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20131202
20131210
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KQED (PBS) 2
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Search Results 50 to 59 of about 88 (some duplicates have been removed)
CNN
Dec 5, 2013 10:00am PST
america near you. >>> the super secret national security agency actively monitoring hundreds of millions of cell phones around the world. that, according to today's "the washington post" based on top secret documents divulged by edward snowden. they reveal the spy agency's gathering 5 billion cell phone records every 24 hours. brian todd is looking into the story. cell phones belonging to american as well, are they part of this? >> inadvertently, yes. the nsa, as you no, not allowed to spy on americans and senior u.s. intelligence official tells evan peres the location program, the one reported on, is focused on foreign targets. and the nsa says it does not intentionally target american but was the whereabouts the phones of some americans overseas and some in the u.s. could be collected inadvertently in these operations. a senior u.s. official tells perez they try to minimize that when an innocent american's cell phone's location is collected they try remove that from the database as soon as collected. they're trying to minimize and avoid targeting innocent american's cell tones
FOX News
Dec 8, 2013 11:00am PST
severely would you like to restrict the surveillance by the national security agency? >> i would like to apply the fourth amendment to third party records. so when i have a contract with a phone company, i think those are still my records and you can look at them if you're from the government if you ask a judge. a warrant applies to one person. not to everyone in america. it's absolutely against the spirit and the letter of the fourth amendment to say that a judge can write one warrant and you can get every phone call in america and that's what's happening. i think it's wrong. it goes against everything america stands for and i will help to fight that all the way to the support. we need to get the supreme court to re-examine our records. >> so, you would ban if you could, all mass data mining. >> i'm for going after terrorists with every tool we have. i'm not opposed to the nsa, to spying, but i am infavor of the fourth amendment. if you think someone's a terrorist, you call a judge, get a warrant. if that's person's called 100 people, you get 100 more warrants. if they've called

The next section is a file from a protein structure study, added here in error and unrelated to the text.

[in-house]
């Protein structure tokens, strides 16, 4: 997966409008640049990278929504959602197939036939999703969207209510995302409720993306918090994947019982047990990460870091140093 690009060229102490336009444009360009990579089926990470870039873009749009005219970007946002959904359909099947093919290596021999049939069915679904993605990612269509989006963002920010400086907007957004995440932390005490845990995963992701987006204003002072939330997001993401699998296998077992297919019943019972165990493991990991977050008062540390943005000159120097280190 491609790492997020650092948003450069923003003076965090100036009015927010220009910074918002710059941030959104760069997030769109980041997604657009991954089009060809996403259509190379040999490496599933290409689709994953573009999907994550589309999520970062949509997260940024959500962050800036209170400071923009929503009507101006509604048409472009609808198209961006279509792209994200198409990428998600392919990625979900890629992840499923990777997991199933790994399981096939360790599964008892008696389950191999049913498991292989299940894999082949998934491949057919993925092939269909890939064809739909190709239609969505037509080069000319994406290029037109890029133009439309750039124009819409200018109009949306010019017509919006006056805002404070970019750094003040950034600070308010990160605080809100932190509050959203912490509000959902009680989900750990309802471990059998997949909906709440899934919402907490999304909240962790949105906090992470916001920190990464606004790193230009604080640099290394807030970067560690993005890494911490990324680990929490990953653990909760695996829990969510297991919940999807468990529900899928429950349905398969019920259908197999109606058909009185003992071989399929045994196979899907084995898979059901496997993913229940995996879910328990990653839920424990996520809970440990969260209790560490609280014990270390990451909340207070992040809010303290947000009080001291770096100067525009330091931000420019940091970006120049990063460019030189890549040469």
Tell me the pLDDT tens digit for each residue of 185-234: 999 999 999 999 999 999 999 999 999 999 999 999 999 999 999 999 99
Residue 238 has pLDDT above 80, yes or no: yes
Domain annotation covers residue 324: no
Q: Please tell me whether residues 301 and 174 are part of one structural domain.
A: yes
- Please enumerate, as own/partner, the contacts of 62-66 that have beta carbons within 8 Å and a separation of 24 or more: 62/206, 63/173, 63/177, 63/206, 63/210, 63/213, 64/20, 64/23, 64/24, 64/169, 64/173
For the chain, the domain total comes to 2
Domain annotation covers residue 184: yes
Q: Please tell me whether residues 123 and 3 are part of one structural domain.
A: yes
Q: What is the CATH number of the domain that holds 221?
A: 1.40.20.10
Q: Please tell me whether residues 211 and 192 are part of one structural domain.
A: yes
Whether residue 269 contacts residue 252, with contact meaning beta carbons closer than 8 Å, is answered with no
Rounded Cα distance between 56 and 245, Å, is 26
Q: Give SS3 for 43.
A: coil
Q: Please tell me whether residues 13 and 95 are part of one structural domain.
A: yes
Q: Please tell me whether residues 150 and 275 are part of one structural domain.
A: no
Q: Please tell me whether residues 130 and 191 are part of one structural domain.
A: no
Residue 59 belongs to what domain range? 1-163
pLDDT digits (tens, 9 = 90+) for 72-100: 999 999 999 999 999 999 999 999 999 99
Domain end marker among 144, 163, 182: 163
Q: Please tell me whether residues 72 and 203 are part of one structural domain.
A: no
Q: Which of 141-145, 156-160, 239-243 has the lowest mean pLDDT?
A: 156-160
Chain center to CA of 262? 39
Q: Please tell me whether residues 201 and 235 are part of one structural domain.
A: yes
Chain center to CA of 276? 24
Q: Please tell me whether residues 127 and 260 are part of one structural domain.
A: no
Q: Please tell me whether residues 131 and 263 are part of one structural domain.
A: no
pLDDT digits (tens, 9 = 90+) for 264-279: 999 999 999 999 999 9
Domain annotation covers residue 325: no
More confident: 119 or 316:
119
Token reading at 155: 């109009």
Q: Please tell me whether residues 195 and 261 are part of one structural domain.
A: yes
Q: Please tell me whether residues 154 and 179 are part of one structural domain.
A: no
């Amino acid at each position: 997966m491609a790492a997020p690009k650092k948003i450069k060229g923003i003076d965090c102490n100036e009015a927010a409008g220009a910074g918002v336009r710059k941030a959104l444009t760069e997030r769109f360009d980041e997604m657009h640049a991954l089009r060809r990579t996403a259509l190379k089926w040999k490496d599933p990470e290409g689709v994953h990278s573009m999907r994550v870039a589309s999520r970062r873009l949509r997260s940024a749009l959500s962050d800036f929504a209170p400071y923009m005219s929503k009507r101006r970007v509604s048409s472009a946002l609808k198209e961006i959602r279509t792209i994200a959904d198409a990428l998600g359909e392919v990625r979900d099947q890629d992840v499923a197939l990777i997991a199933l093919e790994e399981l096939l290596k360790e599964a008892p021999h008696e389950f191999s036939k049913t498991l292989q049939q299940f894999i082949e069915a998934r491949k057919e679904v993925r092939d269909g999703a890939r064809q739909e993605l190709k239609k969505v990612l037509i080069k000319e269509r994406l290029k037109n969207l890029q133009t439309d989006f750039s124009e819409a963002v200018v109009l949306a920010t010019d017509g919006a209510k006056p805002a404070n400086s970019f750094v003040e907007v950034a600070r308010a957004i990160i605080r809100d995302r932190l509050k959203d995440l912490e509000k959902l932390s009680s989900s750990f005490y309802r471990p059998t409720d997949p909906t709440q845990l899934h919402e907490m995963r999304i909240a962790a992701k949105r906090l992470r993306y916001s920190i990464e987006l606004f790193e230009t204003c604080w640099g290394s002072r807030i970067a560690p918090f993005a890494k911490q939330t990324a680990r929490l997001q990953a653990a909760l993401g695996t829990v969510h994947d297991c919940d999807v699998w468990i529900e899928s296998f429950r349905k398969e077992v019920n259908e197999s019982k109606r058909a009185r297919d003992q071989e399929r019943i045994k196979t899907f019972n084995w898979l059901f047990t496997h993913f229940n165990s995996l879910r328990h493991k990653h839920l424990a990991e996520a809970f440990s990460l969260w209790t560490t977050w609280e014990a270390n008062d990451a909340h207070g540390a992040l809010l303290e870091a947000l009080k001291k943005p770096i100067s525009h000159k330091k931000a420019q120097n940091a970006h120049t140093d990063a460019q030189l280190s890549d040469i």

NBC
Dec 9, 2013 6:00am PST
names are calling on the government to reform the way the national security agency does business. this is in response to revelations that this past summer that the nsa collected data from the companies, reported by without the companies knowing or giving permission. in what is seen as an attempt to reassure customers that data is safe the eight companies put their name on an open let tear the president printed in major newspapers calling for reform of the nsa. those are aol, apple, facebook, google, linkedin, microsoft, twitter and yahoo! action all companies either head quart erd here in the bay area or major ties to our region. in a new web side, reform government surveillance.com, the companies established five principles they would like the government to adopt in attempt to rein the spy agency. the group would like the nsa to stop bulk collection of web data, see it have more oversight and accountability, and when the nsa legally requests user data, these companies would like to be able to let people know what the nsa is asking of them. the fact the companies have come together ill